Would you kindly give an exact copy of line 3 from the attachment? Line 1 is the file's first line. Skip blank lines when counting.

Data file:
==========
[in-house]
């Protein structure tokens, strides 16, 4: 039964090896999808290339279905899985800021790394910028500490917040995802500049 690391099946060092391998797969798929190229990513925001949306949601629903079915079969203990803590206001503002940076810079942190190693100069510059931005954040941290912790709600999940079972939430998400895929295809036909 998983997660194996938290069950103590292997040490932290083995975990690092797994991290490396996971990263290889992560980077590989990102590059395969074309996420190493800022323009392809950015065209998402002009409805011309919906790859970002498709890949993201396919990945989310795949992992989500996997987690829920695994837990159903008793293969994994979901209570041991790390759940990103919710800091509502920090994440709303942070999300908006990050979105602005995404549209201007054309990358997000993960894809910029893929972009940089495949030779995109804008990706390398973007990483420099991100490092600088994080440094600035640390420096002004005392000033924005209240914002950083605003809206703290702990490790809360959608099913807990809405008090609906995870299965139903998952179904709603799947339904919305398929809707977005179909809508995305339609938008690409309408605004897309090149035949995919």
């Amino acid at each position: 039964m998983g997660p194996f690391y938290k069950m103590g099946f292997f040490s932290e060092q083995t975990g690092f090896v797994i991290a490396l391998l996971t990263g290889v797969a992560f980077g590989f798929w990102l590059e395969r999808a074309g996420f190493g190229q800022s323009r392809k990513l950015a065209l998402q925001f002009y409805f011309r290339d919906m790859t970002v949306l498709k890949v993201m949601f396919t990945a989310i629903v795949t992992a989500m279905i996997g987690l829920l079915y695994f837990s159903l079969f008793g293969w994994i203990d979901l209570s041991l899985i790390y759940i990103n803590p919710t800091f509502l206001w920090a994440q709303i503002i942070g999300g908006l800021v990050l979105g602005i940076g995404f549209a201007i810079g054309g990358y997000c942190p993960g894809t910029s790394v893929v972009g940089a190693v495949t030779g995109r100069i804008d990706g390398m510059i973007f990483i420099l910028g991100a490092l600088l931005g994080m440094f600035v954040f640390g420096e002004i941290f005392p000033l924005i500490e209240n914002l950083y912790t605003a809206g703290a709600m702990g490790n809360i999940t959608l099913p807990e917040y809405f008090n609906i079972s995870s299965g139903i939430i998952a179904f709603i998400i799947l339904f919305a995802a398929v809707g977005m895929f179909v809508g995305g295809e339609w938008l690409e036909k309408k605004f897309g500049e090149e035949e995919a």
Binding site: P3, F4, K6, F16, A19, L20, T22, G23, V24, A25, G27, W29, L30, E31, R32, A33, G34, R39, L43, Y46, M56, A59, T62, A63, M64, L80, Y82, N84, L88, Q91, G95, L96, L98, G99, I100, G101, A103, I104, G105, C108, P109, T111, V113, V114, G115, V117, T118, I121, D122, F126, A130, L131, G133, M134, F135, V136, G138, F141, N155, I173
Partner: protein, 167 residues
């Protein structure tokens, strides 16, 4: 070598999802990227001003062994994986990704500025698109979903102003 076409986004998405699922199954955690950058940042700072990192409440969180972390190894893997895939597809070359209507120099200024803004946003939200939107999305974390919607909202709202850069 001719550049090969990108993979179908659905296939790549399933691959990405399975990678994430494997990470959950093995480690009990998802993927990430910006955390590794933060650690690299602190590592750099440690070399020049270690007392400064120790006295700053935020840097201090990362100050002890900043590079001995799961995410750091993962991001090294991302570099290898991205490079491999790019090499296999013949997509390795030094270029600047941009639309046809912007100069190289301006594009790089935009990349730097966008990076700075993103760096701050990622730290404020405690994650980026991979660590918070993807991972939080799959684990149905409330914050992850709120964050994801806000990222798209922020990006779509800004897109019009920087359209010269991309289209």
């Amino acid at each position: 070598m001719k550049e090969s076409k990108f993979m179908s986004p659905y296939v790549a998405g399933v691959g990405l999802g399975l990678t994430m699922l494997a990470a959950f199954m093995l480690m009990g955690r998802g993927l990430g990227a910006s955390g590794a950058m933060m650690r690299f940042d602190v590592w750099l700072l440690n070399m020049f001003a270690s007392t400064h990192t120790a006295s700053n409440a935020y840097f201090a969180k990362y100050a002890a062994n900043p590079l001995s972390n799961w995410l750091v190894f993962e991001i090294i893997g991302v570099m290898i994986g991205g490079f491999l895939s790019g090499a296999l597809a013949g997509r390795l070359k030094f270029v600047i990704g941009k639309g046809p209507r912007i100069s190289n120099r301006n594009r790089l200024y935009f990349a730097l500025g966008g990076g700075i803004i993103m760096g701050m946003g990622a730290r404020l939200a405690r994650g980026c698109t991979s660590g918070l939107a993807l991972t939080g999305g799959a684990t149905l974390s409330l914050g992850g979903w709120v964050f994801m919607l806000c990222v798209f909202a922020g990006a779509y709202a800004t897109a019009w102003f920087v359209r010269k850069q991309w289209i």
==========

């Amino acid at each position: 039964m998983g997660p194996f690391y938290k069950m103590g099946f292997f040490s932290e060092q083995t975990g690092f090896v797994i991290a490396l391998l996971t990263g290889v797969a992560f980077g590989f798929w990102l590059e395969r999808a074309g996420f190493g190229q800022s323009r392809k990513l950015a065209l998402q925001f002009y409805f011309r290339d919906m790859t970002v949306l498709k890949v993201m949601f396919t990945a989310i629903v795949t992992a989500m279905i996997g987690l829920l079915y695994f837990s159903l079969f008793g293969w994994i203990d979901l209570s041991l899985i790390y759940i990103n803590p919710t800091f509502l206001w920090a994440q709303i503002i942070g999300g908006l800021v990050l979105g602005i940076g995404f549209a201007i810079g054309g990358y997000c942190p993960g894809t910029s790394v893929v972009g940089a190693v495949t030779g995109r100069i804008d990706g390398m510059i973007f990483i420099l910028g991100a490092l600088l931005g994080m440094f600035v954040f640390g420096e002004i941290f005392p000033l924005i500490e209240n914002l950083y912790t605003a809206g703290a709600m702990g490790n809360i999940t959608l099913p807990e917040y809405f008090n609906i079972s995870s299965g139903i939430i998952a179904f709603i998400i799947l339904f919305a995802a398929v809707g977005m895929f179909v809508g995305g295809e339609w938008l690409e036909k309408k605004f897309g500049e090149e035949e995919a």